Since then, I have continued to use reading buddies each year.  Only those reading buddies have been 2nd graders.  I teach at a K2 school, so obviously that's as high as I could go.  After our winter benchmarking, I look at my class scores and determine which students would benefit from having a buddy.  Then I contact a 2nd grade teacher to find out if they are willing to participate.  I leave it up to the teacher to decide who they are going to choose as reading buddies.  The ones that are chosen are the ones who are reading way above grade level and can be trusted to take the job seriously.  I have not had any issues whatsoever using reading buddies in my class.  The 2nd graders that I have had have worked very hard and have done exactly what I have asked them to do. 
To get started, here is what I typically do.  First, I hold an orientation with my reading buddies.  I explain to them what I want them to do and how I want them to do it.  I go over my expectations for them and their "friend" they will be working with.  I want them to know that this is serious business, no time for playing around.  If they are having a problem with their friend, then they need to let me know immediately.  I then show them the basket where I keep the materials that they will be using.  I take gallon size ziplock bags and label them with the names of the students that have reading buddies.  In the bag I  place wordlists, fast phrases, and decodable text that I want my students to work on during the week.  Each bag could contain different materials depending on the needs of that particular student and I change the materials out weekly. Typically I have my reading buddies come in first thing in the morning.  When they come in, they get the bag and I assign a place for them to go work.  Easy enough.  As I'm checking folders and monitoring morning work, I can keep an eye out on the reading buddies.  I have to tell you that so far I haven't had any issues with my  buddies at all.  They come in and they get started.  It melts my heart to see them working with my kiddos and really taking an interest in helping them out.  Not to mention that my kiddos get to see what 2nd graders are like and what the expectation for them will be as 2nd graders themselves.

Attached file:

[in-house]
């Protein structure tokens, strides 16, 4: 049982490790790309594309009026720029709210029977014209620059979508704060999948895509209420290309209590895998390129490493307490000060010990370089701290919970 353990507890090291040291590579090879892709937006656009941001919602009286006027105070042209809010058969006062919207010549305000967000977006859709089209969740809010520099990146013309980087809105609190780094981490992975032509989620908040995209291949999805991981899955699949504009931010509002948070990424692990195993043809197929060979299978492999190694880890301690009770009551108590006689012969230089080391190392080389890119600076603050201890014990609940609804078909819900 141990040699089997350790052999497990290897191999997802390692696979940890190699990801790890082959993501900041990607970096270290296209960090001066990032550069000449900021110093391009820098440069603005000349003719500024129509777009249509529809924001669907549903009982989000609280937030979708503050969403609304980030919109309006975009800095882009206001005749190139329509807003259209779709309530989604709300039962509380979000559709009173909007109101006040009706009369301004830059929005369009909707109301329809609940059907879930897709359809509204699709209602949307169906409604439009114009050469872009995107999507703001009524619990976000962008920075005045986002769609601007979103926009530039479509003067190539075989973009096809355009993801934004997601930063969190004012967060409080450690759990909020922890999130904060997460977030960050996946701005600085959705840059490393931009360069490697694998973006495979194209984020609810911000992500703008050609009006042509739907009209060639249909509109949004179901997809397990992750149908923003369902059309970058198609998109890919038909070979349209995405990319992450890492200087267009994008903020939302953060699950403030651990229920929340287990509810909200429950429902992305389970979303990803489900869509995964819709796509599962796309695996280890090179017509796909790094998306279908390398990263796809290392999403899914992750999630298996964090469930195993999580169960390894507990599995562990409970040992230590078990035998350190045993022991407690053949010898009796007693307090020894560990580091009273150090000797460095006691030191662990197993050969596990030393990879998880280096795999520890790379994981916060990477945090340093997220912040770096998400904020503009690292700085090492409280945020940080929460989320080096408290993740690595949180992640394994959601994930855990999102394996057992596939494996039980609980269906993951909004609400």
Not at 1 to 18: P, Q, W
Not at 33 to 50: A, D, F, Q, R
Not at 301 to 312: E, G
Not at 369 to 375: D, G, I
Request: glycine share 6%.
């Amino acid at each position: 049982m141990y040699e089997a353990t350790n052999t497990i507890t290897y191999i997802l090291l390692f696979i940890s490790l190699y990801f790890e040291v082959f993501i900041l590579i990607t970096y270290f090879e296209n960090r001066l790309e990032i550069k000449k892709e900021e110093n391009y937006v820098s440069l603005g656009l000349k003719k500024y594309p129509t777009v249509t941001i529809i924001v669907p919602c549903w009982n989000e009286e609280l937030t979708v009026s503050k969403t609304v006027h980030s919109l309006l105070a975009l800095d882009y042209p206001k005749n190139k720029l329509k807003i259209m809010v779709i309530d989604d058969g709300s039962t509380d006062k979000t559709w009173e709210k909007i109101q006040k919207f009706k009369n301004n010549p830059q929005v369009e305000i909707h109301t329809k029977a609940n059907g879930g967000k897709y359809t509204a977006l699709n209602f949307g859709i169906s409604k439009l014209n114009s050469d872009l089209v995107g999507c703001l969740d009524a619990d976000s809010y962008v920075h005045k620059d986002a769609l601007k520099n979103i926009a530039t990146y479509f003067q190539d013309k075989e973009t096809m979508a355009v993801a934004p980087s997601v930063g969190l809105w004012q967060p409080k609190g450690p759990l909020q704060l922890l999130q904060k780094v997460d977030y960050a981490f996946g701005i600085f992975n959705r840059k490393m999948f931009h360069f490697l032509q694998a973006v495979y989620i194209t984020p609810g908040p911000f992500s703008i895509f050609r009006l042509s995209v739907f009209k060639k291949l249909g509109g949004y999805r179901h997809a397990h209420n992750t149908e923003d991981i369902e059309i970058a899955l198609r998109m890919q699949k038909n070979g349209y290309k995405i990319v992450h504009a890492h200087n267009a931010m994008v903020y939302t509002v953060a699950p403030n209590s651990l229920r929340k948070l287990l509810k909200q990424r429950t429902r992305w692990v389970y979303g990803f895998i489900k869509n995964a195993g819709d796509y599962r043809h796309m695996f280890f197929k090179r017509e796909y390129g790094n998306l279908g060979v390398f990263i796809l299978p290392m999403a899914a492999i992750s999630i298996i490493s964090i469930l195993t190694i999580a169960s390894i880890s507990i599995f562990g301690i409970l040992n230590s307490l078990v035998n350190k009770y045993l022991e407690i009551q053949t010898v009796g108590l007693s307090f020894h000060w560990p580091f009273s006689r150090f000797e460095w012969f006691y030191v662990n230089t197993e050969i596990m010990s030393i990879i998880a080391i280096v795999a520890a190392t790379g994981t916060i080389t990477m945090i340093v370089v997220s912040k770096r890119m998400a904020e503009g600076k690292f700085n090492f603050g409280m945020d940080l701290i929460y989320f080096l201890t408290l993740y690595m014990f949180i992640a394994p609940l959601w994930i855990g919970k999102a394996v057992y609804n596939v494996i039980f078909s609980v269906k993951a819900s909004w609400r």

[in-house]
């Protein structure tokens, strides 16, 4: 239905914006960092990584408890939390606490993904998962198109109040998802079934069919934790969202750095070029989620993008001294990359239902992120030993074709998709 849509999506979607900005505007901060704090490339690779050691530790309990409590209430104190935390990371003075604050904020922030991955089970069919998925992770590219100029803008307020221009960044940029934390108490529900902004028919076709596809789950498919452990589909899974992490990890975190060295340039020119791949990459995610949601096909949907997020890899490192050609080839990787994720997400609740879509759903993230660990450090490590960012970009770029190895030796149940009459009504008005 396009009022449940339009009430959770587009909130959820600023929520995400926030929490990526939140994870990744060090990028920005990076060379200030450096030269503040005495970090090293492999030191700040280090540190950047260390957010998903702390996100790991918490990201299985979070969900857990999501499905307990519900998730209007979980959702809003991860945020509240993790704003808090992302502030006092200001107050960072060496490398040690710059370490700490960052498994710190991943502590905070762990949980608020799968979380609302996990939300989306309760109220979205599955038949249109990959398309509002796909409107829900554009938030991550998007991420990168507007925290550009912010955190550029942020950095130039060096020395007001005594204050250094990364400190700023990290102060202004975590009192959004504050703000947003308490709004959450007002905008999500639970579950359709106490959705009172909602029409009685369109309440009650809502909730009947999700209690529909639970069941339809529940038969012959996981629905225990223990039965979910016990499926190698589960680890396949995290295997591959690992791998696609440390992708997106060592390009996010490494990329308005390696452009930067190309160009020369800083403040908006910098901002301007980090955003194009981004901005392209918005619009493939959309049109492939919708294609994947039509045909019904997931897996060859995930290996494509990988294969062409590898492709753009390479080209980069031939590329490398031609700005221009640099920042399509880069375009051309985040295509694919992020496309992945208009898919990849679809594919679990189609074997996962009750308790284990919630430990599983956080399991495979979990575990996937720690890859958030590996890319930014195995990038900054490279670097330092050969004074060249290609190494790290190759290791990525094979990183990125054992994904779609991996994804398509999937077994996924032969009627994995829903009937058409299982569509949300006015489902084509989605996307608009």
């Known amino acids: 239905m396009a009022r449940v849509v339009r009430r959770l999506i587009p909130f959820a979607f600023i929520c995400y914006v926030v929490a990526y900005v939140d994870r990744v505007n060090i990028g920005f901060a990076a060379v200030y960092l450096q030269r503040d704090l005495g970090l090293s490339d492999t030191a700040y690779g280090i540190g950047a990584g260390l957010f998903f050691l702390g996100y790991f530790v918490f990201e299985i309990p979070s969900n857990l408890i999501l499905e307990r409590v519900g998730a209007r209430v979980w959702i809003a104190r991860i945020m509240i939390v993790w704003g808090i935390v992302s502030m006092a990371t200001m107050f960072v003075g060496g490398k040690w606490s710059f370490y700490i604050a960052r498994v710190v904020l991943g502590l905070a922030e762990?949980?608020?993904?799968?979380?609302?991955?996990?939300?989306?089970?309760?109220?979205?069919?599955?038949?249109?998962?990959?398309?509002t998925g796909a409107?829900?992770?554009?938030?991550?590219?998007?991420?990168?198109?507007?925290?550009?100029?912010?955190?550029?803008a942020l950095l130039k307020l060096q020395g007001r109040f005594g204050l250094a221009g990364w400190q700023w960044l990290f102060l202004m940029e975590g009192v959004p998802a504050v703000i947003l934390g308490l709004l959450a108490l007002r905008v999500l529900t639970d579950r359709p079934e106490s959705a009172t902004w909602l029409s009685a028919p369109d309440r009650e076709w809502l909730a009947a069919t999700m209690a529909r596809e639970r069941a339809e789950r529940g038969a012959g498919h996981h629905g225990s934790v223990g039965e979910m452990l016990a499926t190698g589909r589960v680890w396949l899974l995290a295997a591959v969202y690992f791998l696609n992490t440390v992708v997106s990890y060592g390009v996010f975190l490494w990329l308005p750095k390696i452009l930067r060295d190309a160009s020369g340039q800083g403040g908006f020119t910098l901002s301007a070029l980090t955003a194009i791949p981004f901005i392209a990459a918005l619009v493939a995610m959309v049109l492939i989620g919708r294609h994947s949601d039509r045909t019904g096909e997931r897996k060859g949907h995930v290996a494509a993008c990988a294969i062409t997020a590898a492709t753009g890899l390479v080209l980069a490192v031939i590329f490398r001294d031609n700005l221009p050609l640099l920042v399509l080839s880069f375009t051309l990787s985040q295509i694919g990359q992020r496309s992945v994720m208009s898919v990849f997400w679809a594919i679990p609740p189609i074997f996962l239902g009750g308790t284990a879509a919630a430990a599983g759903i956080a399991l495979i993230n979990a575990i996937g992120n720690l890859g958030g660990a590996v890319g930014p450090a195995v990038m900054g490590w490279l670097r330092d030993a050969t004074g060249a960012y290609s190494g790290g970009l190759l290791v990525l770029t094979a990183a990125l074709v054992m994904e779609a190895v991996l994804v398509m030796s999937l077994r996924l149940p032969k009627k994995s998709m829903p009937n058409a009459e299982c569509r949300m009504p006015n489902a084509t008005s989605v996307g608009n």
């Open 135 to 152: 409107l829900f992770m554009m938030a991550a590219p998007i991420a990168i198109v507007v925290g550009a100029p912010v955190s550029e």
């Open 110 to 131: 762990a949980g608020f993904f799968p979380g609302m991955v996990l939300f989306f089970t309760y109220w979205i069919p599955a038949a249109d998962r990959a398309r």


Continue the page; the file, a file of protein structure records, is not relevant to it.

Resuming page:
When they are finished working, they meet with me and let me know how things went.  I ask them a few standard questions and then send them back to class.  I work at a PBIS school, so I pay them a pelican buck each day for their service!  This past year I had several boys as buddies. This worked out perfect because I had several boys who needed that extra help with reading.  My boys responded so well and really did make great improvements with their reading.  Now I will also tell you, that the girls I had this year were pretty fabulous too.  They took their job seriously and would let me know if their friend wasn't working up to par!  They were definitely little teachers in the making!
I love using reading buddies in my class for so many reasons.  It's easy to manage and I get to monitor how the buddies are working together.  If you've got some kiddos that need some extra support, consider giving it a  try yourself.  Whether you use students from your own class or students from another grade, you will find that it's such a big boost of confidence and responsibility for all that are involved!
Now, back to my book and lounge chair!
Happy Summer Y'all!